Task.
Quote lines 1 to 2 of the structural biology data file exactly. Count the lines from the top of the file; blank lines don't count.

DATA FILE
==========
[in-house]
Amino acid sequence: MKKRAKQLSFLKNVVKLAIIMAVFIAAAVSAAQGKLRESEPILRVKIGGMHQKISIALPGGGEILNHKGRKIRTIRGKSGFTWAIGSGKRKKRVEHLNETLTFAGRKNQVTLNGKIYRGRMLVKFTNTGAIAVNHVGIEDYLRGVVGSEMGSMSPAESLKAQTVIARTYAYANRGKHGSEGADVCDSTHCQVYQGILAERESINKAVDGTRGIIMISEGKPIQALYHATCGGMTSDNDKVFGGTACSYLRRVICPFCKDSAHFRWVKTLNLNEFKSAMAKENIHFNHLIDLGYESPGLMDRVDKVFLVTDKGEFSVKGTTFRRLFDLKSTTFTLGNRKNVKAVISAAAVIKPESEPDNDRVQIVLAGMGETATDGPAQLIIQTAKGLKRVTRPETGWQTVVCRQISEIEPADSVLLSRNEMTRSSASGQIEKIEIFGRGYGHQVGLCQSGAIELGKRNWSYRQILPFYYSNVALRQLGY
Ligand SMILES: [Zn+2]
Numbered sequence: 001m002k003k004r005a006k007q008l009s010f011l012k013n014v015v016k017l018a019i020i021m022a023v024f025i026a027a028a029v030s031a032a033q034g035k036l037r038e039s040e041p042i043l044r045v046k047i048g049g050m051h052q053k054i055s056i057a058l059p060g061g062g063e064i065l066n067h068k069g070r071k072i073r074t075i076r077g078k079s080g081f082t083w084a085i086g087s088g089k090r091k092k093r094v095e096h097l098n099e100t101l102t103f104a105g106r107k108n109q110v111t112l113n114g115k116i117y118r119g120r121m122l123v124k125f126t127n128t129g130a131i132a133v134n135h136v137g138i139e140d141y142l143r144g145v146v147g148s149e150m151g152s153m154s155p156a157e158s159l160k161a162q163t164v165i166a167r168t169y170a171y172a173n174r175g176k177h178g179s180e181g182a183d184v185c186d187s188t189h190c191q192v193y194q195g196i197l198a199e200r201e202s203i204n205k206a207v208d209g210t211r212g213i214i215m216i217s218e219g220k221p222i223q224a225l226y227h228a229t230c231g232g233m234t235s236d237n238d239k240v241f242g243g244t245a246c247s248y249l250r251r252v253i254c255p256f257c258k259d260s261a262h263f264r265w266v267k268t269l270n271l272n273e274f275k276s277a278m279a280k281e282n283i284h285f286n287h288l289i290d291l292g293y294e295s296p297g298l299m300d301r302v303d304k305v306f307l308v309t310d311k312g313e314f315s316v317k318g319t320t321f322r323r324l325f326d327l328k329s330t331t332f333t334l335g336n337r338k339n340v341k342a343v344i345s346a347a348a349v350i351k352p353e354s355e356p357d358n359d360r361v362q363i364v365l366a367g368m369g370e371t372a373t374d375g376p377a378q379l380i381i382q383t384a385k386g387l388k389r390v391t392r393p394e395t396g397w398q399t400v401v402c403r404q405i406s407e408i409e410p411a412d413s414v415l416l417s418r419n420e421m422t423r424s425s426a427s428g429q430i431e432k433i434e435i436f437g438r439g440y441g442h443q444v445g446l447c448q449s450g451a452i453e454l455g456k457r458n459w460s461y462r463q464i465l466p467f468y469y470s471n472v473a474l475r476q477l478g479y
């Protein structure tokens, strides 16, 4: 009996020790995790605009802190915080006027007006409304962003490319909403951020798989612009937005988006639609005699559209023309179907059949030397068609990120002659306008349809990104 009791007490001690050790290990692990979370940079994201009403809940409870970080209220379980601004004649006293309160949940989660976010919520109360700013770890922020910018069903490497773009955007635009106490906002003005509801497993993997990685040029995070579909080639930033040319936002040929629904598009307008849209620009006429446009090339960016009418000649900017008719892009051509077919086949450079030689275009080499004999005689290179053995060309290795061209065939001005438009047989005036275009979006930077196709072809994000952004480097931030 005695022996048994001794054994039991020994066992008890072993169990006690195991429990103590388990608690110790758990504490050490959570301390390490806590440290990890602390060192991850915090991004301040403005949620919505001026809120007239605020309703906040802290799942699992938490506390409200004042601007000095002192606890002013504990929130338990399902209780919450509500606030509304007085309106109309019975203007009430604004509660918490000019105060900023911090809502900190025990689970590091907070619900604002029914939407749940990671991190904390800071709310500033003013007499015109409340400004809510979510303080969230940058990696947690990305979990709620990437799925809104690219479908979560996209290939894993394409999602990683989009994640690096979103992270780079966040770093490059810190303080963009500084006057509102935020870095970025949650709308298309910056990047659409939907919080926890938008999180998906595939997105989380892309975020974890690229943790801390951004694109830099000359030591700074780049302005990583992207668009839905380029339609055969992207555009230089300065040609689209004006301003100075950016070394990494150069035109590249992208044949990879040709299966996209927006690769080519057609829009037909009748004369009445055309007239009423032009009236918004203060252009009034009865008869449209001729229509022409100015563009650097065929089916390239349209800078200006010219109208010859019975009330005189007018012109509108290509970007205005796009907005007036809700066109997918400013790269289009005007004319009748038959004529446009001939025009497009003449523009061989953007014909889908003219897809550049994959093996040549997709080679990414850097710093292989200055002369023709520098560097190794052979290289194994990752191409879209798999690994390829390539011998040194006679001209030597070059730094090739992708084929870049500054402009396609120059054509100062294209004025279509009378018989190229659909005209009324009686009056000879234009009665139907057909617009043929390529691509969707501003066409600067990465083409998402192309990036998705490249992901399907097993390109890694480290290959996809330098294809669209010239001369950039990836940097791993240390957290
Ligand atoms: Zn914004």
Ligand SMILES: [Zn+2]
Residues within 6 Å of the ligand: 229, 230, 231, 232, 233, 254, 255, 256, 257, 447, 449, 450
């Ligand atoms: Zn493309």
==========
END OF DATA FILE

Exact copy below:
[in-house]
Amino acid sequence: MKKRAKQLSFLKNVVKLAIIMAVFIAAAVSAAQGKLRESEPILRVKIGGMHQKISIALPGGGEILNHKGRKIRTIRGKSGFTWAIGSGKRKKRVEHLNETLTFAGRKNQVTLNGKIYRGRMLVKFTNTGAIAVNHVGIEDYLRGVVGSEMGSMSPAESLKAQTVIARTYAYANRGKHGSEGADVCDSTHCQVYQGILAERESINKAVDGTRGIIMISEGKPIQALYHATCGGMTSDNDKVFGGTACSYLRRVICPFCKDSAHFRWVKTLNLNEFKSAMAKENIHFNHLIDLGYESPGLMDRVDKVFLVTDKGEFSVKGTTFRRLFDLKSTTFTLGNRKNVKAVISAAAVIKPESEPDNDRVQIVLAGMGETATDGPAQLIIQTAKGLKRVTRPETGWQTVVCRQISEIEPADSVLLSRNEMTRSSASGQIEKIEIFGRGYGHQVGLCQSGAIELGKRNWSYRQILPFYYSNVALRQLGY